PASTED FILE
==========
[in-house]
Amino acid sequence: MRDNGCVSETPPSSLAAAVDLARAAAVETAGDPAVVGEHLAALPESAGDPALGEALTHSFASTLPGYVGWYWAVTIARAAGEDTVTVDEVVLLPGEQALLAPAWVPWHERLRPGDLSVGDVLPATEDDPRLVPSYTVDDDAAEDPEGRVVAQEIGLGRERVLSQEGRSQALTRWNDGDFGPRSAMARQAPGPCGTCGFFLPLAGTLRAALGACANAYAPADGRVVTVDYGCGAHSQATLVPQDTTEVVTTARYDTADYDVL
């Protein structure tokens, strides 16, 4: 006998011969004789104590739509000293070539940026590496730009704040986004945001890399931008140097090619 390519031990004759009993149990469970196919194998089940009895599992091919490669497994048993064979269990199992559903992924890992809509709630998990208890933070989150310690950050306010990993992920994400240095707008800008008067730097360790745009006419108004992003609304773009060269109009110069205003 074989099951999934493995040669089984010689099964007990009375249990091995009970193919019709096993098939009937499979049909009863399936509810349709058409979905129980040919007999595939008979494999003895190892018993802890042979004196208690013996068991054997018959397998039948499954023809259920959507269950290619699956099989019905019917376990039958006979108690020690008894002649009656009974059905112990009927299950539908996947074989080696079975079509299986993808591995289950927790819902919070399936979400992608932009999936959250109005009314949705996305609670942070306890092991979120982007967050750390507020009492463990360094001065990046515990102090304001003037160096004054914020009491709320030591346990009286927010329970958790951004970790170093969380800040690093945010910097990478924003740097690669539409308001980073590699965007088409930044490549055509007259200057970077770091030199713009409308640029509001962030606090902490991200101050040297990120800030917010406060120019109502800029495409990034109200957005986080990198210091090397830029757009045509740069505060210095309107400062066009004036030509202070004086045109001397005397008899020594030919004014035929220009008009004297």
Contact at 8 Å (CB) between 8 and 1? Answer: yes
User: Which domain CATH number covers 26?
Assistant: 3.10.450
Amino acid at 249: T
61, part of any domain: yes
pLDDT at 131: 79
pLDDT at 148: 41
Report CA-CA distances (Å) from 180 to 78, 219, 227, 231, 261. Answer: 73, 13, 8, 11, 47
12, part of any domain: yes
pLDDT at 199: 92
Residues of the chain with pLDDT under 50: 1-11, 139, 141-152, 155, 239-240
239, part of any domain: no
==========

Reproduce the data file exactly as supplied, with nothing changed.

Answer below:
[in-house]
Amino acid sequence: MRDNGCVSETPPSSLAAAVDLARAAAVETAGDPAVVGEHLAALPESAGDPALGEALTHSFASTLPGYVGWYWAVTIARAAGEDTVTVDEVVLLPGEQALLAPAWVPWHERLRPGDLSVGDVLPATEDDPRLVPSYTVDDDAAEDPEGRVVAQEIGLGRERVLSQEGRSQALTRWNDGDFGPRSAMARQAPGPCGTCGFFLPLAGTLRAALGACANAYAPADGRVVTVDYGCGAHSQATLVPQDTTEVVTTARYDTADYDVL
């Protein structure tokens, strides 16, 4: 006998011969004789104590739509000293070539940026590496730009704040986004945001890399931008140097090619 390519031990004759009993149990469970196919194998089940009895599992091919490669497994048993064979269990199992559903992924890992809509709630998990208890933070989150310690950050306010990993992920994400240095707008800008008067730097360790745009006419108004992003609304773009060269109009110069205003 074989099951999934493995040669089984010689099964007990009375249990091995009970193919019709096993098939009937499979049909009863399936509810349709058409979905129980040919007999595939008979494999003895190892018993802890042979004196208690013996068991054997018959397998039948499954023809259920959507269950290619699956099989019905019917376990039958006979108690020690008894002649009656009974059905112990009927299950539908996947074989080696079975079509299986993808591995289950927790819902919070399936979400992608932009999936959250109005009314949705996305609670942070306890092991979120982007967050750390507020009492463990360094001065990046515990102090304001003037160096004054914020009491709320030591346990009286927010329970958790951004970790170093969380800040690093945010910097990478924003740097690669539409308001980073590699965007088409930044490549055509007259200057970077770091030199713009409308640029509001962030606090902490991200101050040297990120800030917010406060120019109502800029495409990034109200957005986080990198210091090397830029757009045509740069505060210095309107400062066009004036030509202070004086045109001397005397008899020594030919004014035929220009008009004297």
Contact at 8 Å (CB) between 8 and 1? Answer: yes
User: Which domain CATH number covers 26?
Assistant: 3.10.450
Amino acid at 249: T
61, part of any domain: yes
pLDDT at 131: 79
pLDDT at 148: 41
Report CA-CA distances (Å) from 180 to 78, 219, 227, 231, 261. Answer: 73, 13, 8, 11, 47
12, part of any domain: yes
pLDDT at 199: 92
Residues of the chain with pLDDT under 50: 1-11, 139, 141-152, 155, 239-240
239, part of any domain: no